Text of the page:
Iosif Vissarionovich Dzhugashvili was born in 1879, in a poor family in Gori, a small town near Tbilisi in Georgia. He began to use the name of Stalin, which means "man of steel" in Russian, after 1913.
His mother was a religious woman. She she used all her strength to rear her son to be a priest, so she enrolled him in a church school in Gori. He graduated after five years there, and entered the seminary in Tblisi to begin his studies to become a priest of the Georgian Orthodox Church.
During this period, however, Stalin read a few books that changed his world view. Up to then, he had been the devout son of a religious mother, but he lost his faith in God and religion and became an atheist after reading Darwin's The Origin of Species.
In his book, Stalin and the Shaping of the Soviet Union, the Oxford University historian Alex de Jonge shows Darwin's vital role in shaping Stalin's youthful outlook. According to Jonge, he was "a theological student who had lost his faith; Stalin would always maintain that it was Darwin who was responsible for that loss."28 Stalin's adoption of Marxism happened not long afterward. Jonge states that Stalin often emphasized this point in his private conversations.
In his book Hitler and Stalin: Parallel Lives, the English historian Alan Bullock compares these two men, saying that, in his youth, Stalin was very influenced by the works of Karl Marx and Auguste Comte, which he read in Russian translations.29
Actually, this deception happened not only to Stalin, but to the majority of a generation of Russian students and other young people. The myths in scientific garb proposed by Darwin, Huxley, and Lamarck led many young Russians to become atheists. In A People's Tragedy, A history of the Russian Revolution, historian Orlando Figes says, "The scientific materialism of Darwin and Huxley . . . had the status of a religion among the Russian intelligentsia during Lenin's youth."30 Figes relates how Semen Kanatchikov, a young worker who later joined the Bolsheviks, abandoned his religion as the result of evolutionist propaganda:
After Stalin had joined the ranks of the Communists, he was arrested several times under the Tsar's regime. At left, a series of photographs of one of those arrests.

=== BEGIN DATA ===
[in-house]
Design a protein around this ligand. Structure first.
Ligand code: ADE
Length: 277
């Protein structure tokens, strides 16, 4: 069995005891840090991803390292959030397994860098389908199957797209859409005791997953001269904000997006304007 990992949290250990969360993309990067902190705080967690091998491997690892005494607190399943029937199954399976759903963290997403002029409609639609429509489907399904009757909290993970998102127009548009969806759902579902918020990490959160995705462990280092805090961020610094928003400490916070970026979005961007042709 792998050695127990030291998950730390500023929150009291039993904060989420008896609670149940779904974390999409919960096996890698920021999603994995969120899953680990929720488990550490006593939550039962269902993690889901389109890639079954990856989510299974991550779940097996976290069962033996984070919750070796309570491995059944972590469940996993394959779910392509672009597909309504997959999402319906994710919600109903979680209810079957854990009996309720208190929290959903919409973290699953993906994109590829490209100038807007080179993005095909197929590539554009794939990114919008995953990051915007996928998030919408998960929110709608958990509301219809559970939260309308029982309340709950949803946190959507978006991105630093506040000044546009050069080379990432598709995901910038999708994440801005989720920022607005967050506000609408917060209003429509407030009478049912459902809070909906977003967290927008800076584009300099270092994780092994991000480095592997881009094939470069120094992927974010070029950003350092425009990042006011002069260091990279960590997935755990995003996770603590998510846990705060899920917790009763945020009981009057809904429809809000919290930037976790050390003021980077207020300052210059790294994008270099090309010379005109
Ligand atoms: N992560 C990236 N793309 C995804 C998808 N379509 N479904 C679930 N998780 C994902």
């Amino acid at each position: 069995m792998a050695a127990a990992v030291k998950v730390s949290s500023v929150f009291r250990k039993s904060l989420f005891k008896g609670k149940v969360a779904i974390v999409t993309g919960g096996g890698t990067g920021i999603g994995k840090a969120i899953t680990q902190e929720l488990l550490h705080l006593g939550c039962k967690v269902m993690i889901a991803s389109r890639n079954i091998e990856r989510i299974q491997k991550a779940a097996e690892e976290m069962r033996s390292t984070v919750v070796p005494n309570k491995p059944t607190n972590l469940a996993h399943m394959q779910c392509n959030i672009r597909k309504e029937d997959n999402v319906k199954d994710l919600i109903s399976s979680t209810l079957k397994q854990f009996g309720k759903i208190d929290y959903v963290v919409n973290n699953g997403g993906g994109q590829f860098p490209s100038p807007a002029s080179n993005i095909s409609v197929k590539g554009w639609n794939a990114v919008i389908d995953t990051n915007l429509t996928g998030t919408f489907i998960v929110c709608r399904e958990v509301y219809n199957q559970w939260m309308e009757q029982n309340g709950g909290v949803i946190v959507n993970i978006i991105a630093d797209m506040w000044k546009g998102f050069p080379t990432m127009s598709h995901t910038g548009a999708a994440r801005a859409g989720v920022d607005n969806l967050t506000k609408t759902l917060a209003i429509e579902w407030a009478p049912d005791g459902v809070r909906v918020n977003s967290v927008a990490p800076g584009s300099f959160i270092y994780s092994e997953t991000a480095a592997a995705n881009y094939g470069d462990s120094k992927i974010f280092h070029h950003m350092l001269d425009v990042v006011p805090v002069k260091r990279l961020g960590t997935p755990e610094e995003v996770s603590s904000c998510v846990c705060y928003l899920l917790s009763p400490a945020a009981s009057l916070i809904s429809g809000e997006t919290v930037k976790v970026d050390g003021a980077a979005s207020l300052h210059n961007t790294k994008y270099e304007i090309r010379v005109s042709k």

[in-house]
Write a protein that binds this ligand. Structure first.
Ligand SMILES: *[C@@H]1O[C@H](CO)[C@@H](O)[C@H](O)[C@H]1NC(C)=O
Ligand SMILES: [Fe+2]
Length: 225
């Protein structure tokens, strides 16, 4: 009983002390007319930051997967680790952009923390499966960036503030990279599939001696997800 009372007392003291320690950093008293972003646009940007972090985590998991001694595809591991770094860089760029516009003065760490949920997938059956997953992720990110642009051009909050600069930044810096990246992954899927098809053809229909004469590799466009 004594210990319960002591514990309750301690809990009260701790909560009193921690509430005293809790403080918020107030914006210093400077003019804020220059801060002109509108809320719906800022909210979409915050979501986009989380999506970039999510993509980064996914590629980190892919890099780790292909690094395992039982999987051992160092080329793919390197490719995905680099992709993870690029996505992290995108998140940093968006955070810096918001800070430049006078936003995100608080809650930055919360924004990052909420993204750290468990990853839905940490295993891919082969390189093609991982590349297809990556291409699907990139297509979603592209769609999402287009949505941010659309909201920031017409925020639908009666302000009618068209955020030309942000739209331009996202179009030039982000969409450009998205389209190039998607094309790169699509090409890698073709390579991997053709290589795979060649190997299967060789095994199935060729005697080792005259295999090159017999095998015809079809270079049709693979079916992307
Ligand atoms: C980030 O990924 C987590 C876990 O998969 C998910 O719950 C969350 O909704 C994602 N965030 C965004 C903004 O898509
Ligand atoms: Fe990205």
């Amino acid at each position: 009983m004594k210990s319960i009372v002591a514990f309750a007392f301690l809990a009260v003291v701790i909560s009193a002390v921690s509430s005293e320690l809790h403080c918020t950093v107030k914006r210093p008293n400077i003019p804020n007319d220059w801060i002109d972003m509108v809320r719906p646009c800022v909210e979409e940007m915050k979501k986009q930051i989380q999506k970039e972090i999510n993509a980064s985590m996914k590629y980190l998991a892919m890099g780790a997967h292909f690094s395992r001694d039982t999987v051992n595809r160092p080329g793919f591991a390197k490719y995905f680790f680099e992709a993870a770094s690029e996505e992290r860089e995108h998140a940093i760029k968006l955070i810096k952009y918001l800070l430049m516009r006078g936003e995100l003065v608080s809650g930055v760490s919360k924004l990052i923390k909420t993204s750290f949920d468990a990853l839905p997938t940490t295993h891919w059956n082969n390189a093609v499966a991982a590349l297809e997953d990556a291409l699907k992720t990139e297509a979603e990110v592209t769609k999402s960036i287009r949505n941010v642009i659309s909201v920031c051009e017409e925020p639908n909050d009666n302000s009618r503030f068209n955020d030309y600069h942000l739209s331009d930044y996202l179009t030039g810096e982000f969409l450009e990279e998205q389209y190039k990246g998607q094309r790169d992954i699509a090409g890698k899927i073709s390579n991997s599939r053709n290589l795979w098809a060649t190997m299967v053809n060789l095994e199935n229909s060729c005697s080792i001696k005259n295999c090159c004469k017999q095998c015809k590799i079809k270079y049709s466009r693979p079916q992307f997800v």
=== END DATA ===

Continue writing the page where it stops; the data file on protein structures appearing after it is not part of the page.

One young worker "proved" to him that God had not created man by showing that, if one filled a box with earth and kept it warm, worms and insects would eventually appear in it. This sort of vulgarized pre-Darwinian science, which was widely found in the left-wing pamphlets of that time, had a tremendous impact on young workers like Kanatchikov… "Now my emancipation from my old prejudices moved forward at an accelerated tempo," later he wrote. "I stopped going to the priest for confession, no longer attended church, and began to eat 'forbidden' food."31
Stalin became close to Lenin in his latter days and tried to advance within the party. Upon Lenin's death, Stalin overcame his rivals and became the Soviet Union's sole ruler..
Such examples as the one quoted above, used to support the claim that God did not create life and that everything came to be by chance, were sheer bogus. Worms and insects did not arise by happenstance—out of nothing, as the medieval belief in spontaneous generation had it—but from eggs laid in the ground. But because the scientific world was not yet aware that living creatures could never be generated from lifeless matter, such myths as these arose like a flood, drowning the half-ignorant Russian youth in atheism.
Members of the atheist generation that grew up in Russia in the 19th century, emerged in the 20thcentury as passionate Communists. One of them was Stalin. In 1898 he joined a secret Communist organization and began to write for a Communist magazine, Brdzola (The Struggle), in 1901. By 1917, he was an active militant of the Communist movement led by Lenin. After the October Revolution of 1917, he became one of the five members of the Politburo, the highest degree of membership in the Communist Party. While Lenin lay ill in 1923, Stalin's power continued in the party to grow and upon Lenin's death, he became the supreme authority. In the five years between 1924 and 1929, he cleared the party of all his opponents by assassination, execution, or exile. Even Trotsky, one of the architects of the October Revolution, became the object of his rage and was driven out of the Soviet Union.
After consolidating his power, Stalin turned his iron fist on society. Lenin had tried to nationalize all the agricultural land in Russia, but the devastation caused by the great famine of 1920-1921 forced him to postpone this undertaking. Stalin, determined to put his plan into effect, began to apply a policy called "collectivization." Its aim was to nationalize all of the villagers' property, seize and export their crops, and use the revenue to bolster Soviet industry and strengthen the military.
Stalin carried out his collectivization policy by torture, murder and starvation. Six million people died of famine, while he exported hundreds of thousands of tons of grain. Once again, Stalin documented the savagery of Materialist-Darwinist ideas, which regarded humanity as an animal species that had to be trained by inflicting pain as corrective punishment.